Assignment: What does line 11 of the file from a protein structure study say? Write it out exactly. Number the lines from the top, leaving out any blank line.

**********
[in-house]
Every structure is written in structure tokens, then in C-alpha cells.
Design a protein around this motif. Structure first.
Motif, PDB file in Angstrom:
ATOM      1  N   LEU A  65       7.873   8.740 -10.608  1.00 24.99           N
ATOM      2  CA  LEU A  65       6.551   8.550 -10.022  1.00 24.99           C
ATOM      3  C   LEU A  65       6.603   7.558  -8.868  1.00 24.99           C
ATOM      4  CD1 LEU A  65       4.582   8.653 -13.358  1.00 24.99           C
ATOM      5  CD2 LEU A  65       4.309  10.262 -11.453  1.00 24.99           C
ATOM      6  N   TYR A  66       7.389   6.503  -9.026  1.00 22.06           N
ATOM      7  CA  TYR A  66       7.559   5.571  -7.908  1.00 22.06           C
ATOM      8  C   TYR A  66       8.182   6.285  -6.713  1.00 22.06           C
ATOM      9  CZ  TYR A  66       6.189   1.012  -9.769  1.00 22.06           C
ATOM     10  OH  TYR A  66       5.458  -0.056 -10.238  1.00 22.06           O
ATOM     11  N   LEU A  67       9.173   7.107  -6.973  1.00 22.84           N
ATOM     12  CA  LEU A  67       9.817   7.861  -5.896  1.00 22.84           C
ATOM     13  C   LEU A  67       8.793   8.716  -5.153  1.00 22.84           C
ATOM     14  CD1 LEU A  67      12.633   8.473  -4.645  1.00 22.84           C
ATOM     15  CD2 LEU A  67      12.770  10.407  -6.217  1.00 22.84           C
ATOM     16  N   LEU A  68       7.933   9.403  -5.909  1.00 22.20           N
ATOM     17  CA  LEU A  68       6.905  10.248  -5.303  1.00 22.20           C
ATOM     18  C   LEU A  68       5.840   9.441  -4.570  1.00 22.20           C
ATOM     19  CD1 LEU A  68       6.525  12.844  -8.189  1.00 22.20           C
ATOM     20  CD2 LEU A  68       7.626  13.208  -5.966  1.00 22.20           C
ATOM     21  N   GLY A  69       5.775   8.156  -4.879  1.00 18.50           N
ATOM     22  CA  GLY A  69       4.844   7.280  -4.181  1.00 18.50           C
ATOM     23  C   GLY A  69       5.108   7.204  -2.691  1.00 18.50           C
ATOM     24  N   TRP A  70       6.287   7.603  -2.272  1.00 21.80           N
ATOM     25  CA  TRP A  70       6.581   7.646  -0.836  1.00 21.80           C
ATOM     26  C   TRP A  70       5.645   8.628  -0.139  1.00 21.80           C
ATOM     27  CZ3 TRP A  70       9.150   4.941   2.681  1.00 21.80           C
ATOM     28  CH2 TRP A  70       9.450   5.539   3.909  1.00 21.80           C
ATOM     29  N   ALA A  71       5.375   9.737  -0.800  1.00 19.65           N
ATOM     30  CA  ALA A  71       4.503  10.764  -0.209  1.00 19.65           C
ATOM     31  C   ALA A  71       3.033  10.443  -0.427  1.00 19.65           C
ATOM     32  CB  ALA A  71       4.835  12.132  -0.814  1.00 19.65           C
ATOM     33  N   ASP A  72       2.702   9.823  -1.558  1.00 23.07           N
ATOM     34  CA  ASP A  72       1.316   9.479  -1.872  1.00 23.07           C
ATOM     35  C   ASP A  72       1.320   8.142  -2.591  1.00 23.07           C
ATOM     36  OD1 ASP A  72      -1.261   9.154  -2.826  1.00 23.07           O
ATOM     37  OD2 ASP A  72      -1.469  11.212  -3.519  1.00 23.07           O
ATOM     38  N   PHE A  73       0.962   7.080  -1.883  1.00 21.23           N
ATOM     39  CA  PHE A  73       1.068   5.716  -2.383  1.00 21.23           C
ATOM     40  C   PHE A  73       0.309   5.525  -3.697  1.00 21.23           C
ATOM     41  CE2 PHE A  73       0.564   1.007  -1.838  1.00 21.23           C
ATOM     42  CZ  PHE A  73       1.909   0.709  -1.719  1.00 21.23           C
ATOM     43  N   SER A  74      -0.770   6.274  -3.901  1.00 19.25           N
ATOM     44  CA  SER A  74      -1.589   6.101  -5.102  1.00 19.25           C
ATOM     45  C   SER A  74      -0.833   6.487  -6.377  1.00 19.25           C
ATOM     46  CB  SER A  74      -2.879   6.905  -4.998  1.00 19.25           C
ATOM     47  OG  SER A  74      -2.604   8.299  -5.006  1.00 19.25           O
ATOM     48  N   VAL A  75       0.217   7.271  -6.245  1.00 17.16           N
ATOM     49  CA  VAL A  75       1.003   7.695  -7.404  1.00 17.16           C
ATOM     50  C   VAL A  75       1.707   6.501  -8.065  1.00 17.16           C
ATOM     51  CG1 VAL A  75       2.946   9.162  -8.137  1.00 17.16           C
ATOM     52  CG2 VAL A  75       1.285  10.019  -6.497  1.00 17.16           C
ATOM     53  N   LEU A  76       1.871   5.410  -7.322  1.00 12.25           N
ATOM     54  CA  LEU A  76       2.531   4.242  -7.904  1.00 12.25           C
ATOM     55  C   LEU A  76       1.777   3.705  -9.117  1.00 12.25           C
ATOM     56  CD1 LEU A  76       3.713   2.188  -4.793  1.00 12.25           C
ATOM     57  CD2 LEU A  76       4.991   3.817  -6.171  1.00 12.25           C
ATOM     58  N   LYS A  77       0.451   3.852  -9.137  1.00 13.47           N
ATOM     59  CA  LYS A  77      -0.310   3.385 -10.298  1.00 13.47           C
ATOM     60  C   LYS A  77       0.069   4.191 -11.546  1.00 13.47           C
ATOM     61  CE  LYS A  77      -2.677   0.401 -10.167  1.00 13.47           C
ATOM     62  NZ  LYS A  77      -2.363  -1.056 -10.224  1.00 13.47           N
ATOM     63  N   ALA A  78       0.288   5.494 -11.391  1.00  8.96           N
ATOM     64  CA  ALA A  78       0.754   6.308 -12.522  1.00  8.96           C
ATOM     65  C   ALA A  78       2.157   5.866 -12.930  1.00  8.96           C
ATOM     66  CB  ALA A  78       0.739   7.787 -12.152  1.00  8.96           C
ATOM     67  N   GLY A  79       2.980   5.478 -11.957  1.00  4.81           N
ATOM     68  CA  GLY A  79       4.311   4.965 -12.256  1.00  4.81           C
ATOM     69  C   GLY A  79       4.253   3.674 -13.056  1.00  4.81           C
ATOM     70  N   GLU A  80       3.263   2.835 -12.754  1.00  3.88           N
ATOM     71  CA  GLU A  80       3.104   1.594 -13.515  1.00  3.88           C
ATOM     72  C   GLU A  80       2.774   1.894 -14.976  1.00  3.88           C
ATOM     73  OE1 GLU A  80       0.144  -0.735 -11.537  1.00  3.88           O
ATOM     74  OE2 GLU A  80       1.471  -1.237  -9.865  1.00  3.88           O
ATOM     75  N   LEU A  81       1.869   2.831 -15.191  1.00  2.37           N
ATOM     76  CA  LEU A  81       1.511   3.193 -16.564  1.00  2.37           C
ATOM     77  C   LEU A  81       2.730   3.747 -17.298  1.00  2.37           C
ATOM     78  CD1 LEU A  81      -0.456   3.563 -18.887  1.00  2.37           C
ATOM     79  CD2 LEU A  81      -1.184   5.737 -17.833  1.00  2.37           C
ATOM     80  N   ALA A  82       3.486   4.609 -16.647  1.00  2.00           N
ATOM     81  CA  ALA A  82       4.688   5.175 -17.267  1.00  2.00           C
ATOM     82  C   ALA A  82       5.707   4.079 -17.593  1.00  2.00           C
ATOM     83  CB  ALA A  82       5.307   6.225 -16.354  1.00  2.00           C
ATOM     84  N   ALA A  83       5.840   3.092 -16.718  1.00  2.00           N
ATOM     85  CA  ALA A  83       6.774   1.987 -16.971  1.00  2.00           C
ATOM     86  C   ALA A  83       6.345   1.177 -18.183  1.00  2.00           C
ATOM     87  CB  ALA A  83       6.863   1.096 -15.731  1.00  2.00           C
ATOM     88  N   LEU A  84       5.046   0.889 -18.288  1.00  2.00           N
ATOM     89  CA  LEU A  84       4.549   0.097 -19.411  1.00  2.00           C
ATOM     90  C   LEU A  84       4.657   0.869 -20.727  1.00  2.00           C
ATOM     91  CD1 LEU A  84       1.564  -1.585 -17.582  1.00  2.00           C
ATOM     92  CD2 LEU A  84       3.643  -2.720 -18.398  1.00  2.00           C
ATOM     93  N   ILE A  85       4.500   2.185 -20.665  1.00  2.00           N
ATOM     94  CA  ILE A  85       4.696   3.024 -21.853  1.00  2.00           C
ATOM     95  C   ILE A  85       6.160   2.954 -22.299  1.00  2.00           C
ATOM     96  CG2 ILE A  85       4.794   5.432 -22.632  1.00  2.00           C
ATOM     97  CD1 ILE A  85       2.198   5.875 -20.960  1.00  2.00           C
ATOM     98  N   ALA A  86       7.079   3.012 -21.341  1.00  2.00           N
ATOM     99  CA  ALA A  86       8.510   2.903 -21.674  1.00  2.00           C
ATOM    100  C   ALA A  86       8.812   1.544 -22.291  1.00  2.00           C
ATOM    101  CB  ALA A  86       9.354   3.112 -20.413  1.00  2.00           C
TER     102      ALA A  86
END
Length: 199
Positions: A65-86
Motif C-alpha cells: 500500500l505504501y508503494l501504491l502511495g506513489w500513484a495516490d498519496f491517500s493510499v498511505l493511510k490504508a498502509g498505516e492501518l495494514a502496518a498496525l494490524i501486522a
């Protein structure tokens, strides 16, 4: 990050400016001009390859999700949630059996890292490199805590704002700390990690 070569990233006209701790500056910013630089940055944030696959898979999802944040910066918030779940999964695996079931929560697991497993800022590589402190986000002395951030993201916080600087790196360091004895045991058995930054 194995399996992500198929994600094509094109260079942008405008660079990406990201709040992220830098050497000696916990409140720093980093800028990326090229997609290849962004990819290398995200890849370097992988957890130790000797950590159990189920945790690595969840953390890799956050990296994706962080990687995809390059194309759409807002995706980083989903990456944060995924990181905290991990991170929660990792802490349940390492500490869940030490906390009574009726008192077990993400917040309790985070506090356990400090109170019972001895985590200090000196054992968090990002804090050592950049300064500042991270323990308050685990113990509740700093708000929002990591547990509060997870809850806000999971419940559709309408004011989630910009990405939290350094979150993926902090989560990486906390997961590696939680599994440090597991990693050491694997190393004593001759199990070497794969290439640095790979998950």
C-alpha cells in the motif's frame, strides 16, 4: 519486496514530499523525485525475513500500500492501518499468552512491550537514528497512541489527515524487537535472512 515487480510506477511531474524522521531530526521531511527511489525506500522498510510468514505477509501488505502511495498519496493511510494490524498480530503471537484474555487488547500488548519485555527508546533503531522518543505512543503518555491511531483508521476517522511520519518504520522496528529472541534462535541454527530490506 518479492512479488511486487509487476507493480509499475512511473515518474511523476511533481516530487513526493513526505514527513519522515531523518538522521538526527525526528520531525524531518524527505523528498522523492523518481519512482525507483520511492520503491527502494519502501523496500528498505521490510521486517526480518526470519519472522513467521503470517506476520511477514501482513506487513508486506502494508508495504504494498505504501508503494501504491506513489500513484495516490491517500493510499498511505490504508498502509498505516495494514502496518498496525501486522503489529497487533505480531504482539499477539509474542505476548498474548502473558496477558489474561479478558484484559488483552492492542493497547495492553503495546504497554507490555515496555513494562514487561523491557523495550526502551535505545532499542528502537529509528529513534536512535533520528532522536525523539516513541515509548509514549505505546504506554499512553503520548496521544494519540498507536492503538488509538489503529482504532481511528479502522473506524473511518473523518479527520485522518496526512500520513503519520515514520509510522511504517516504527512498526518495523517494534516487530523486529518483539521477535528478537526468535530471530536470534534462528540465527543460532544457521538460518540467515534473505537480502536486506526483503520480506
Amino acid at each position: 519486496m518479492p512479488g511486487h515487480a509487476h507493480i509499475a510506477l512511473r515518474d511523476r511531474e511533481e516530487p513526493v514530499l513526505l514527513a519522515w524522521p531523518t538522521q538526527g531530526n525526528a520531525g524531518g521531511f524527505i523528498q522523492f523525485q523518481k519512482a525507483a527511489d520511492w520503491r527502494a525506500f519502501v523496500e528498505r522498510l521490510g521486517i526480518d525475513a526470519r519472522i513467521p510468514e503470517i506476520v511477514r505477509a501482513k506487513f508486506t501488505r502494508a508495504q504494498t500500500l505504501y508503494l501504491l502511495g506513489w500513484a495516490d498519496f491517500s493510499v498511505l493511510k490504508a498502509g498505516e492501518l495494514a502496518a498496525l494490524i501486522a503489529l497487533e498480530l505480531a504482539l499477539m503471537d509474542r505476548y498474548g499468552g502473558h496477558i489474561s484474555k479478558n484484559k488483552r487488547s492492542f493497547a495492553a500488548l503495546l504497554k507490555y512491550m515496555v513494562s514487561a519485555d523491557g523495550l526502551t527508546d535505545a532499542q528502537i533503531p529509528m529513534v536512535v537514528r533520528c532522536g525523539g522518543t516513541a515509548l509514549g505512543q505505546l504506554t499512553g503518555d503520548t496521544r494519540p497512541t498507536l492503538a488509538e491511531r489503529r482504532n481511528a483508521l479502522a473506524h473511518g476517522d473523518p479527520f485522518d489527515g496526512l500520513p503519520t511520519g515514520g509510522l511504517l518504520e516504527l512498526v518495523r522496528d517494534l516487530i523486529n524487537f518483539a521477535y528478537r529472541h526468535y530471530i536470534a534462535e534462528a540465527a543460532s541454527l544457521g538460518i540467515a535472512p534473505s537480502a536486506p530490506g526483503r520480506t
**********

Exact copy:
ATOM      7  CA  TYR A  66       7.559   5.571  -7.908  1.00 22.06           C